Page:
To tell my mum's doctor that she is wrong!

(34 Posts)
Lucyellensmum95 Sun 03-Mar-13 19:09:43

Nicely of course! But i think that we have all been barking up the wrong tree with my poor mum. She has a complicated medical history (addisons syndrome following bilateral adrenalectomy for any medics out there) and high blood pressure.

Her blood pressure has been stupidly high and they are struggling to get to grips with it. She recently changed doctors because her old GP got sick and took lots of time off so i was able to persuade my mum to change to my GP, who is a bit more switched on, and more importantly, local to my mum.

For the past 6 months my mum has been suffering dizzy spells, it has got to the point now that she can't walk very far and is now scared to go out. She is 73 and has been healthy up until now. Apart from the addisons. She says her ears are really uncomfortable and she gets fluid coming from them - i googled her symptoms and it all fits with labarynthitis. But because of her addisons and blood pressure the doctor seems to be dismissing this although i have not asked if she thinks it is this. I really think it could be.

We are awaiting results of some bloods taken by the endocrinologist to assess her steroid replacement therapy and a routine MRI.

The thing is, i think the high BP and the addisons are clouding the issue and that it really could be as "simple" as labaryhthitis

I can't stand people who google and then pitch up at the doctors saying "oh i think i have xyz" but i really think this should be considered. I have lived with my mums addisons for all my life and she has had this for 58 years so she knows what it does and this has never been a symptom. I am not saying it coudlnt be this or her blood pressure but i really dont think it is it. I do have a medical background (biochemistry)

Do you think the doctor woudl be offended if i said, look, i really think we need to look at this? My mum is getting increasingly depressed and im honestly worried i will go round there one day to find she has taken all her tablets sad

Yfronts Sun 03-Mar-13 19:12:54

Can you email him?

poppypebble Sun 03-Mar-13 19:23:15

In my experience the dizziness associated with labyrinthitis is different from other types of dizziness. Can your mum describe it?

I have experience of it not being diagnosed - I spent 3 days in hospital being treated for diabetes before they realised it was vertigo caused by labyrinthitis.

FanjoForTheMammaries Sun 03-Mar-13 19:24:49

I would ask to have a chat with him.

ClayDavis Sun 03-Mar-13 19:26:24

You won't lose anything by asking(politely obviously). It is possible that he hasn't ruled out labrynthitis and is keeping it in mind but needs to rule out more serious issues first.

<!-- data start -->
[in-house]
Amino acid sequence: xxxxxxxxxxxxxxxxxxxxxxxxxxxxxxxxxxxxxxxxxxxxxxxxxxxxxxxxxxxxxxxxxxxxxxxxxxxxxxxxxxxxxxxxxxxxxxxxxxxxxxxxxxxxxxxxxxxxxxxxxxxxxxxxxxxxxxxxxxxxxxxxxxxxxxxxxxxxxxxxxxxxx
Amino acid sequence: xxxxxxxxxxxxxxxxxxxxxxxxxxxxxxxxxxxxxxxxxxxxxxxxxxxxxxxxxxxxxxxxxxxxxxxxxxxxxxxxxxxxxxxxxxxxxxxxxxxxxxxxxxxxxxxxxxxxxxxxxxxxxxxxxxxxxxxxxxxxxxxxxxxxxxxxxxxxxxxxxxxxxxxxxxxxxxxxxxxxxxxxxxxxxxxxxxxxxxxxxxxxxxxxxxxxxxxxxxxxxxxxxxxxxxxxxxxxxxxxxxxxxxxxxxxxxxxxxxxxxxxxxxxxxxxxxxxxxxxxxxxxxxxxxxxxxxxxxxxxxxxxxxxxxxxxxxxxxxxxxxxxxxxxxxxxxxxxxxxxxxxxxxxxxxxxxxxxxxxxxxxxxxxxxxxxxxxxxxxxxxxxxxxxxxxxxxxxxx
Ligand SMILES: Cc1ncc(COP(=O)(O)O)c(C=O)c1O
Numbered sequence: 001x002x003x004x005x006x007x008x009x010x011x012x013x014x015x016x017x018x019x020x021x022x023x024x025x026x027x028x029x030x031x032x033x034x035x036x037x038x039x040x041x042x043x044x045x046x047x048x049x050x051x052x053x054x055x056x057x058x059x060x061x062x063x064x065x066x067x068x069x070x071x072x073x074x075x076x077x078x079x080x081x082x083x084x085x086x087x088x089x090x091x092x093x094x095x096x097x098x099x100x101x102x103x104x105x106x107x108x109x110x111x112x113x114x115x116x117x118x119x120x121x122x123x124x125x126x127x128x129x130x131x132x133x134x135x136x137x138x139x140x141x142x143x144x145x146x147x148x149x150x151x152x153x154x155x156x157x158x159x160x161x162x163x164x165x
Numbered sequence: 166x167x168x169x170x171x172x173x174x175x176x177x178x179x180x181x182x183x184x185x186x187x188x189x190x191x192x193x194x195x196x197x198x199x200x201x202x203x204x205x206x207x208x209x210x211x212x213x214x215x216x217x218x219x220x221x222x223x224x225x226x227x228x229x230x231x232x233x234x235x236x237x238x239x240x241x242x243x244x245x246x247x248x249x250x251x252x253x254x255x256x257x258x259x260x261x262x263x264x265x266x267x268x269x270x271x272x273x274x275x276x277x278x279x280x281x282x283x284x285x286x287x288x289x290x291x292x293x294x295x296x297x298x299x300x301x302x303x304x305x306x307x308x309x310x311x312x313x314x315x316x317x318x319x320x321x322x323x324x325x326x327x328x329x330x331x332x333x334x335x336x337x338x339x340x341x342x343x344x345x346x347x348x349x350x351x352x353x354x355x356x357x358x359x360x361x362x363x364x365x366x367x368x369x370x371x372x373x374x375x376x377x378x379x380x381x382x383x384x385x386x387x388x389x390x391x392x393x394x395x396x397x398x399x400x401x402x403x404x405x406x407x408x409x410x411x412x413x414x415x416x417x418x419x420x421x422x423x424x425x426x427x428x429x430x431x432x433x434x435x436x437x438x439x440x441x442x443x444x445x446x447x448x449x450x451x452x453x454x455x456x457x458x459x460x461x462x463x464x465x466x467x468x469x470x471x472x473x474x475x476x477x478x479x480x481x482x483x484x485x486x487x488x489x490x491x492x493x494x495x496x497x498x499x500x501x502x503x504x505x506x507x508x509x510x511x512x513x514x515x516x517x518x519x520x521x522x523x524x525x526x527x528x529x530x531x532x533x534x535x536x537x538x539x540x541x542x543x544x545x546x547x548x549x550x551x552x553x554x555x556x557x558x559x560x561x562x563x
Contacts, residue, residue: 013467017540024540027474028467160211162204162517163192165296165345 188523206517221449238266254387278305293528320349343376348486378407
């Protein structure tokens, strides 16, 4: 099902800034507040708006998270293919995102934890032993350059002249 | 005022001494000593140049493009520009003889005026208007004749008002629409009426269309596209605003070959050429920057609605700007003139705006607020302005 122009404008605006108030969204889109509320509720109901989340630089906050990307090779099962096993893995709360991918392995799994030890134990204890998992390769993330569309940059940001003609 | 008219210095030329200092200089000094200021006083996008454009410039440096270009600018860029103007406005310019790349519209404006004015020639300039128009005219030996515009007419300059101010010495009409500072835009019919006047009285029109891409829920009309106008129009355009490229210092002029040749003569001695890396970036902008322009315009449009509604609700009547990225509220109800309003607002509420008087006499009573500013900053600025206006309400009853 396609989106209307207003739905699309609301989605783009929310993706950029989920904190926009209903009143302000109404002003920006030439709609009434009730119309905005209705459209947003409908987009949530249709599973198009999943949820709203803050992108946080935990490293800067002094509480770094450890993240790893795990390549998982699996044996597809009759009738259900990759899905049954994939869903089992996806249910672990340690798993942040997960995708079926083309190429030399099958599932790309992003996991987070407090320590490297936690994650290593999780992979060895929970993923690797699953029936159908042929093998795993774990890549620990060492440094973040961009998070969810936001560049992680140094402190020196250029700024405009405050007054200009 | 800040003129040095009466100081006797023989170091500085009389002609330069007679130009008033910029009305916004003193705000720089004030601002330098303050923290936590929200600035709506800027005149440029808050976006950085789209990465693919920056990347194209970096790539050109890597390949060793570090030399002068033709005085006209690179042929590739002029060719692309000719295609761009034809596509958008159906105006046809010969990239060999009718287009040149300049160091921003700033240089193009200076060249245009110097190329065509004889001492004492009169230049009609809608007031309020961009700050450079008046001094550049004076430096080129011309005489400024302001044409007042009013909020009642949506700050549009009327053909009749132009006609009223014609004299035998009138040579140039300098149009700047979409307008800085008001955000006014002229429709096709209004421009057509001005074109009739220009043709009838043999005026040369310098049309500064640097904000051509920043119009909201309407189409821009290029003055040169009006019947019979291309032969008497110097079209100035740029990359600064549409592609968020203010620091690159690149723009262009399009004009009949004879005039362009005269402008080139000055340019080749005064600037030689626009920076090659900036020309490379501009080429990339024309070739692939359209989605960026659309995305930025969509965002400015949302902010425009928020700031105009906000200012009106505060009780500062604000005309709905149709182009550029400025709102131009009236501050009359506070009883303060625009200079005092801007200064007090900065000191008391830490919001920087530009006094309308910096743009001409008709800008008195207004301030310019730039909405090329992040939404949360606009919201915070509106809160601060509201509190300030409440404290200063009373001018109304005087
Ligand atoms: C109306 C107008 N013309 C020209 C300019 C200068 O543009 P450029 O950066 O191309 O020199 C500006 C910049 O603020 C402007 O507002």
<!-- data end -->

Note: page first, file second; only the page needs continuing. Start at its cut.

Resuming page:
Lucyellensmum95 Sun 03-Mar-13 19:28:47

Why the assumption that my mums Dr is a he? I said she is a she grin

poppy I think this is part of the problem - getting her to describe it accurately as it changes every time confused She calls it "giddy" not dizzy. It tends to happen when she is walking and now she says she can't walk fast. Its not a bp drop because they have tested this and also it doesn't happen until she has been walking around a bit. She says she feels light headed and the other day she said that everything seemed tilted. She feels as if she is going to lose her balance, although she hasn't done this yet - she tends to stagger - although ive never seen her do it, becaue she feels it and then stands still. How does it make you feel?

landofsoapandglory Sun 03-Mar-13 19:30:05

If you have got labyrinthitis, you don't have "dizzy spells".

Imagine being on a rowing boat, bobbing up and down in the sea, or spinning round on a fairground ride. You feel like that, even with your eyes closed.

FanjoForTheMammaries Sun 03-Mar-13 19:32:04

I didn't assume,I misread and thought you said he.

My own Dr is a she,and most of the GPs I see are women.

poppypebble Sun 03-Mar-13 19:33:05

Sounds like it to me, Lucy. When I'm having a vertigo attack and walking I feel like I am walking on a lurching ship. It was so bad once I broke my wrist just walking along the landing to the loo to throw up. If I'm lying down it is like I'm on the waltzers at the fair and can't get off. I don't feel like I'm going to faint - I've had that before with low BP, but it really is a different feeling with the ears, just perpetual motion.

PerditaXDream Sun 03-Mar-13 19:33:42

I'm not medical at all but my mum was getting giddy spells recently after having a stroke - when we discussed with her doctor, she (dr) suggested it might actually be a side effect from the blood pressure pills my mum was on at the time.